*This book was sent to me by the publisher, Sourcebooks Landmark, in exchange for an honest review.
In 1920s Louisville, a pall rests over Louisville in the form of Waverly Hills, a tuberculosis sanatorium. Terrified of disease, the town shuns recovered patients as well as those who work at Waverly Hills, knowing survival rates are slim. But disease isn’t the only thing hanging over Louisville – racial tension and Prohibition also hover, and Dr. Wolfgang Pike has seen the best and worst of all three. After losing his wife, Dr. Pike attempts to compose her requiem, but already torn between his desire to become a priest and the desire to heal and bring peace to his patients through music, the music lies unfinished.
Though his boss fights him with every tune, every chord, Wolfgang knows music can lift up those in despair. He’s seen it happen, as has Susannah, the nurse who encourages him, and his patients. When one particularly ornery patient resists, Wolfgang seeks him out, wanting to know his secrets, convinced he can be helped. But as Wolfgang pushes, moving a piano into the hospital and later inviting black musicians to join from the unsanitary segregated hospital below, he encounters forces stronger than Dr. Barker, and Wolfgang must decide if the music he loves is, in fact, capable of healing.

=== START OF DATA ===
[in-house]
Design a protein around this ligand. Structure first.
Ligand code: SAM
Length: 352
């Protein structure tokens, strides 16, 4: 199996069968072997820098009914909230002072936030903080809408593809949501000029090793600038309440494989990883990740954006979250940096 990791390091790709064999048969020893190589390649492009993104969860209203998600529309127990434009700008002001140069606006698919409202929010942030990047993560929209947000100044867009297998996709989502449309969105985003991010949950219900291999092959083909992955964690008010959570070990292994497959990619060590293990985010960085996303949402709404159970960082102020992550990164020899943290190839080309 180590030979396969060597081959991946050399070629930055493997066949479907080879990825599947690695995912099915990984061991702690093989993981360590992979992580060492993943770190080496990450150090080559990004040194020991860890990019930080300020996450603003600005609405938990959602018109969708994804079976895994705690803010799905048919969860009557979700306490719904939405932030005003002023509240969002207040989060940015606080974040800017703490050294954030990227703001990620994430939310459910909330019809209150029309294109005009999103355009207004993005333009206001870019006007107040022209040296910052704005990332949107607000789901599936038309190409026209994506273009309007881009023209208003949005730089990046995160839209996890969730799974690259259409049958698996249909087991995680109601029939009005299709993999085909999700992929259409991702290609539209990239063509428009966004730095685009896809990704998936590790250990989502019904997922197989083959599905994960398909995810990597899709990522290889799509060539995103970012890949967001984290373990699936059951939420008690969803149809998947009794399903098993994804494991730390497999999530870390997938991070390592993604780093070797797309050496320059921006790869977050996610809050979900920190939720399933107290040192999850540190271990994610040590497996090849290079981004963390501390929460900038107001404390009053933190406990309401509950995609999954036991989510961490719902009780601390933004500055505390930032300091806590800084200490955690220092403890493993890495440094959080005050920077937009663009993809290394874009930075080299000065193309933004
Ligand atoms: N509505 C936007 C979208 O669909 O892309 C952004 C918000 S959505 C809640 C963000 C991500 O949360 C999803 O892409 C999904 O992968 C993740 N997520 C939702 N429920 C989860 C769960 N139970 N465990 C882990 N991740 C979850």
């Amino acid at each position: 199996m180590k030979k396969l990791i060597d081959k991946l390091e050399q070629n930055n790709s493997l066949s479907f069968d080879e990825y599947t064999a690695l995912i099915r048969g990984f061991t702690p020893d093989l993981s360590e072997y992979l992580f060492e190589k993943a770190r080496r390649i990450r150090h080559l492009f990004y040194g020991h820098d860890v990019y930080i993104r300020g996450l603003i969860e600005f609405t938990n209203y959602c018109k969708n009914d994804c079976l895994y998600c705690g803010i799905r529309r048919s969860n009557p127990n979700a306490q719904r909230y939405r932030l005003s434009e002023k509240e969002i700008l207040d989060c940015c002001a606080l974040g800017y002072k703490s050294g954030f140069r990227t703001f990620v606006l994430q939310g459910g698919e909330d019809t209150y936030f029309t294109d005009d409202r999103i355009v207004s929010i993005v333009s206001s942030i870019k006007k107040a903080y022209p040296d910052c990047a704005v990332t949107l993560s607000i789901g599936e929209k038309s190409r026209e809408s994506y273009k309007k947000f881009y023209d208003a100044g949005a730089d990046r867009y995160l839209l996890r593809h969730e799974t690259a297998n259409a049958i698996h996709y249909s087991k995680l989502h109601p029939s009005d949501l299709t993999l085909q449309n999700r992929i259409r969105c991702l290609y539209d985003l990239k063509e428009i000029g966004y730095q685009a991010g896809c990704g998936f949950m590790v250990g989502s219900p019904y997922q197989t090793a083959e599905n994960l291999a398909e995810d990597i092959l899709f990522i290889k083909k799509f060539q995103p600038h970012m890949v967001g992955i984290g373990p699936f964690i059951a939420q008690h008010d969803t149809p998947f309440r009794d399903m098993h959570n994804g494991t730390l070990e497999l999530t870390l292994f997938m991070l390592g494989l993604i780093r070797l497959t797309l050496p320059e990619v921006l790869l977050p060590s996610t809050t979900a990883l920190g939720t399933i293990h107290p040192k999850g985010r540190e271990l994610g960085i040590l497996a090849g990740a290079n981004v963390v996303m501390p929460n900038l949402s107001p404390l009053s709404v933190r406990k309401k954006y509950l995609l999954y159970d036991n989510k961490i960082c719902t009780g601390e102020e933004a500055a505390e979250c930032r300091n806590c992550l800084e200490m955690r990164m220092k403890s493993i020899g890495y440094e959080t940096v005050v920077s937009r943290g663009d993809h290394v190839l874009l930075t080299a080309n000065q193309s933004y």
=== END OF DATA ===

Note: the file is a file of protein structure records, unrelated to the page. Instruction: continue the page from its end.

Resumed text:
A White Wind Blew was a complete surprise to me. It seems a meek novel, at first, the kind in which race is discussed but not all that fully, where death misses the characters you grow to love, where the main character falls in love and lives happily ever after. I would have hated that novel.
What James Markert has done instead (though a touch haltingly, at times) is to animate the real history of Waverly Hills while also confronting the issues of a conflicted man, a man unsure of who he is but desirous of doing the most good. At the same time, Markert develops Waverly Hills and its residents in ways that are realistic and touching – the couple who meets and marries only to fall ill weeks later; the man devastated by war and unable to play the music he once loved; a black man whose entire family was taken by disease but who serves in defiance of it and who acts as go between for the two hospitals. Markert lends them a dignity no one else at the time does, and my only critique would be that I’d love to delve deeper into his cast of characters.
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